Governor-elect Terry McAuliffe says fixing Virginia's mental health system will be a priority when he takes office in January.

The issue has been in the public eye since mid-November when Gus Deeds injured his father State Senator Creigh Deeds and then killed himself.

Because Gus Deeds was released from emergency custody the day before the attack, the case has raised questions about the actions of mental health professionals, the adequacy of state procedures and the availability of appropriate psychiatric care.

Speaking Wednesday during an annual event organized by the Associated Press, McAuliffe said it's clear the system didn't work, and he told reporters he has been talking with Governor Bob McDonnell.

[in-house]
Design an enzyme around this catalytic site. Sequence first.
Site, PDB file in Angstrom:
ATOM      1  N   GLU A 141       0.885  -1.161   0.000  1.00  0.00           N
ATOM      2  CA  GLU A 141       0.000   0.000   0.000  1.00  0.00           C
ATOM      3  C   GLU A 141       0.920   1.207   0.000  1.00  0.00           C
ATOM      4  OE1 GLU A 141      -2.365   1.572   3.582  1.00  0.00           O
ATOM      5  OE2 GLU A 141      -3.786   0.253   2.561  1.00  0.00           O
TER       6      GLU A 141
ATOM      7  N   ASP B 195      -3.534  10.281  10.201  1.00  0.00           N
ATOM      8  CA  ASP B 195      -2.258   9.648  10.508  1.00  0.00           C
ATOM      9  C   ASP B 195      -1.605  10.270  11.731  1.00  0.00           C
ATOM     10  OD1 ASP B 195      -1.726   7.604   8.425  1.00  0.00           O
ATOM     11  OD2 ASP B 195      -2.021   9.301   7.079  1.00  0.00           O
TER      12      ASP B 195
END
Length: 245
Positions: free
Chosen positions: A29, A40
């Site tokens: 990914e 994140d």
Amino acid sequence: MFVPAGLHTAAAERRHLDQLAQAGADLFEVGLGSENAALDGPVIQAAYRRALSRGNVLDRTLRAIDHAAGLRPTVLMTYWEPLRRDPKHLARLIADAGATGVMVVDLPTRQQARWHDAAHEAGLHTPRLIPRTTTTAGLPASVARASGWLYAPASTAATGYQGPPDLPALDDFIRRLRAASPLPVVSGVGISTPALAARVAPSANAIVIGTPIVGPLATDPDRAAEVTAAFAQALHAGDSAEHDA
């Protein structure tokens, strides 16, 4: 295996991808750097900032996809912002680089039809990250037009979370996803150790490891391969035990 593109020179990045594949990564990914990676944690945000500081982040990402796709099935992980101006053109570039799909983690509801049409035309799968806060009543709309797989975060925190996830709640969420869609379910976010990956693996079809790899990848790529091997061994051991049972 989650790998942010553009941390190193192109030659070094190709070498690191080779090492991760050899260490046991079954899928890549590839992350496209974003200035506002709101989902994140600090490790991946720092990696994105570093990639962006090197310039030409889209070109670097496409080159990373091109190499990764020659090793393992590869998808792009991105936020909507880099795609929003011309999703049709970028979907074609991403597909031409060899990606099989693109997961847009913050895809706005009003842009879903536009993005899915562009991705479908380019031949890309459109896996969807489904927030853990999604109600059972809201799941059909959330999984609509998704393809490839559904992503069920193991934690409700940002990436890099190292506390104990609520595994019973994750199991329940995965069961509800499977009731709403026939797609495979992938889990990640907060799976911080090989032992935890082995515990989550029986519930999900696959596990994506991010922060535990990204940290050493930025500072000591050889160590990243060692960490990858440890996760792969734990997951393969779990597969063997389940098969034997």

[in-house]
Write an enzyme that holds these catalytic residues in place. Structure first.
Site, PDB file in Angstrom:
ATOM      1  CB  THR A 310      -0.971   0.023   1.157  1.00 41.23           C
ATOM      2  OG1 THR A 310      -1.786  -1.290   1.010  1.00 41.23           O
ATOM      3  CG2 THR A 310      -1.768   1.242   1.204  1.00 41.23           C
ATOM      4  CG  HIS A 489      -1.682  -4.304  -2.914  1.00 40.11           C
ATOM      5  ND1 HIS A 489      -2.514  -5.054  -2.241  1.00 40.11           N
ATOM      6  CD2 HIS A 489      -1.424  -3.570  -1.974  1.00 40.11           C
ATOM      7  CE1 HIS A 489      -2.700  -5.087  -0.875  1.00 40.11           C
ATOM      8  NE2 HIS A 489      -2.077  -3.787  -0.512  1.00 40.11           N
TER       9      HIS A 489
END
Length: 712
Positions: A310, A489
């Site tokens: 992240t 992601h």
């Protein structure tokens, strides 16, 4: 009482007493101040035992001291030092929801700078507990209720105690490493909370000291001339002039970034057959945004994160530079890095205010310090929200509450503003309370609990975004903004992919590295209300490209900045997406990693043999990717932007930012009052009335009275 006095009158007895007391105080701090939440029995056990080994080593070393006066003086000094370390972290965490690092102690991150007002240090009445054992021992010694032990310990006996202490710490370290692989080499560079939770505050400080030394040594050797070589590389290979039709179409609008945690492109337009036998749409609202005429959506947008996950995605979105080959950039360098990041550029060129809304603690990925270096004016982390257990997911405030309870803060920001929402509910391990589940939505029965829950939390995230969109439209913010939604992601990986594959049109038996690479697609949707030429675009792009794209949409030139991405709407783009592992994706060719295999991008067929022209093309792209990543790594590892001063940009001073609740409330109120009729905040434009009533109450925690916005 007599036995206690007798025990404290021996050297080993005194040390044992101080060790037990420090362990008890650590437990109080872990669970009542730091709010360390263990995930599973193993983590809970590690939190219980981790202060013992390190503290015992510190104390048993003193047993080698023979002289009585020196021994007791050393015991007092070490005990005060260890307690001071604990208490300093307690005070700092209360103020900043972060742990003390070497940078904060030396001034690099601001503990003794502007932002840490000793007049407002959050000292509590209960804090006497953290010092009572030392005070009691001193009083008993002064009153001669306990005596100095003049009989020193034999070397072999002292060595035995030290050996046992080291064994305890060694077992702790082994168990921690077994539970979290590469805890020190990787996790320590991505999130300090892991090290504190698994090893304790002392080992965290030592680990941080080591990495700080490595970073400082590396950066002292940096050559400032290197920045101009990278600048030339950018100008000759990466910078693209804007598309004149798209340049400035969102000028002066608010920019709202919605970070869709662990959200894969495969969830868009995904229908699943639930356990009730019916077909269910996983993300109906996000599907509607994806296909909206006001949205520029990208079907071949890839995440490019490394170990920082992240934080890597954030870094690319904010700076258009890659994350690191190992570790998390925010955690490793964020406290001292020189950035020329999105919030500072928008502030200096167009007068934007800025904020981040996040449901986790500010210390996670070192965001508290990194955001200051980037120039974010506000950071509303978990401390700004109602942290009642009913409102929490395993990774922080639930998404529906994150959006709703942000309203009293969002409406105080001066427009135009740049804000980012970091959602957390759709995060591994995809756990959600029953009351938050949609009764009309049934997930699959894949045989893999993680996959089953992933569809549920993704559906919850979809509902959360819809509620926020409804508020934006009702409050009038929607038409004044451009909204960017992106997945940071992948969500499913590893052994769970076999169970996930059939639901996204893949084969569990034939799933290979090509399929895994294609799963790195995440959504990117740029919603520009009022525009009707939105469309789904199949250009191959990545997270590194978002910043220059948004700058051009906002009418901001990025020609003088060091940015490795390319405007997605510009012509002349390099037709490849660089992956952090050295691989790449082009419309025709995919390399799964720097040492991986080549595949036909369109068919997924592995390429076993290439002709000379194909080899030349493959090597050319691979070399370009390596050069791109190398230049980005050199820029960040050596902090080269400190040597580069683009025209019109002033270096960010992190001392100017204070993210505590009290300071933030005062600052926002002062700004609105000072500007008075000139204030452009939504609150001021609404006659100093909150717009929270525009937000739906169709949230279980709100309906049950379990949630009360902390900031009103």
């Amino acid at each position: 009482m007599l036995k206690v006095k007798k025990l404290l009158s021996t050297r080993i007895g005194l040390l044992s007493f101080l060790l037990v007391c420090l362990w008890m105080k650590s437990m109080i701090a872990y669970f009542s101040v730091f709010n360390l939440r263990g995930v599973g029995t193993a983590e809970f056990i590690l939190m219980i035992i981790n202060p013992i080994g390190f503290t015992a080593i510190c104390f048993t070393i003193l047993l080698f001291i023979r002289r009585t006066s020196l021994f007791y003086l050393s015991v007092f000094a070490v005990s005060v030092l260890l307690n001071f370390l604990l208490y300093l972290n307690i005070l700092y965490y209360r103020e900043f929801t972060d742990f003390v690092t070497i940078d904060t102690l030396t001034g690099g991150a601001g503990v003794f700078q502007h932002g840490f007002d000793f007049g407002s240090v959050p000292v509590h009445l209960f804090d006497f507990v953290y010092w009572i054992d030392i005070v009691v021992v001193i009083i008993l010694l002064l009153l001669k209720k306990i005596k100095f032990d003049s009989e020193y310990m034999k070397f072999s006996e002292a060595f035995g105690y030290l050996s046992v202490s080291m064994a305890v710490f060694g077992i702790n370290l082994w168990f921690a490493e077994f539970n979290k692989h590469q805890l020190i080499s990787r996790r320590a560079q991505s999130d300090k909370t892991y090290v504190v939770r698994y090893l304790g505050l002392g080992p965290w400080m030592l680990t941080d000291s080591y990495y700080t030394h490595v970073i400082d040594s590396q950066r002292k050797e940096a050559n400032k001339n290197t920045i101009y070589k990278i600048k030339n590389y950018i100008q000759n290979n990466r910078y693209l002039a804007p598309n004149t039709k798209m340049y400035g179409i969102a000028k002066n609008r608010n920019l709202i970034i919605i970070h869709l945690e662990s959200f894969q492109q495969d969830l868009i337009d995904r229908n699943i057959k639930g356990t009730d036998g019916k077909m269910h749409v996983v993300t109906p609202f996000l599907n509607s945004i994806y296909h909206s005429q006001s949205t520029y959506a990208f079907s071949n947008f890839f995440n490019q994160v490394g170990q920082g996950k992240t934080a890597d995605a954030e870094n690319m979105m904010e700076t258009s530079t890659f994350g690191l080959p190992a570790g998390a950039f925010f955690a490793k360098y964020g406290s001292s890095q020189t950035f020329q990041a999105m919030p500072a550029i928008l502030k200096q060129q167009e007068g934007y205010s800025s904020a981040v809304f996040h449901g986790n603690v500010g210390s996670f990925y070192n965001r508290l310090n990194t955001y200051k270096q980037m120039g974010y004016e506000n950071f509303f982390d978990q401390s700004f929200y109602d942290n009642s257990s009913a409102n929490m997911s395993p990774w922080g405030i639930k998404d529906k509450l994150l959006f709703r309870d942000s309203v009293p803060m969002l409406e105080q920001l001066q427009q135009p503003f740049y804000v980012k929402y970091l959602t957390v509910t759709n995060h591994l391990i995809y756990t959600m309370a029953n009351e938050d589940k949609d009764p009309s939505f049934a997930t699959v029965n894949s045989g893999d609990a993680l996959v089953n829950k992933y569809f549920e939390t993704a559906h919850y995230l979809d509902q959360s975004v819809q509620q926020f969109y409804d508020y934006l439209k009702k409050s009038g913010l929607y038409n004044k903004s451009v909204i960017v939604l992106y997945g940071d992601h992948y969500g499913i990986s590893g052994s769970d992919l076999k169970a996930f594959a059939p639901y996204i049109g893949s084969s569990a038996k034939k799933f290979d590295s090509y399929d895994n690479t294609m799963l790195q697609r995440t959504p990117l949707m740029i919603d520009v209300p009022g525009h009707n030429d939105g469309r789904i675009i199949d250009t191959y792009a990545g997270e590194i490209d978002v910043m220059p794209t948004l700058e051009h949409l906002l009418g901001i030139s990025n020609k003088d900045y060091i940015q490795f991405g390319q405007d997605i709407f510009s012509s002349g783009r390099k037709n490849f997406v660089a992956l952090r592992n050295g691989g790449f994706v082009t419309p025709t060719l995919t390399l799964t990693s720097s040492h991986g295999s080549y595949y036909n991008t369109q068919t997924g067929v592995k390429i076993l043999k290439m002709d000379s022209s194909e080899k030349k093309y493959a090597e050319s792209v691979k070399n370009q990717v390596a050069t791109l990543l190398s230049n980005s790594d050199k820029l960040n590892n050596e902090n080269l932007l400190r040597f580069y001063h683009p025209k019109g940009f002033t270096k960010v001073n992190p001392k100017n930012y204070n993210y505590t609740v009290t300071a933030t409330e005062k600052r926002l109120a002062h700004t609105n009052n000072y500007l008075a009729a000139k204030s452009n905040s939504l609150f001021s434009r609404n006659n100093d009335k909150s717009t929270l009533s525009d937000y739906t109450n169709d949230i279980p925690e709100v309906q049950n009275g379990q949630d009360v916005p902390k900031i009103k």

"He and I are very much in sync with what we need to do in mental health," McAuliffe said during the news conference.  "It is going to need more money. Absolutely.  I support that.  I've talked to Secretary Hazel about the issues as well. But obviously it didn't work and we need to fix it."

McAuliffe said he will wait for the recommendations from his own task force, and the results of two state investigations before deciding what must be done.

We should get a look at some of Governor McDonnell's proposals when he previews his budget for state lawmakers later this month.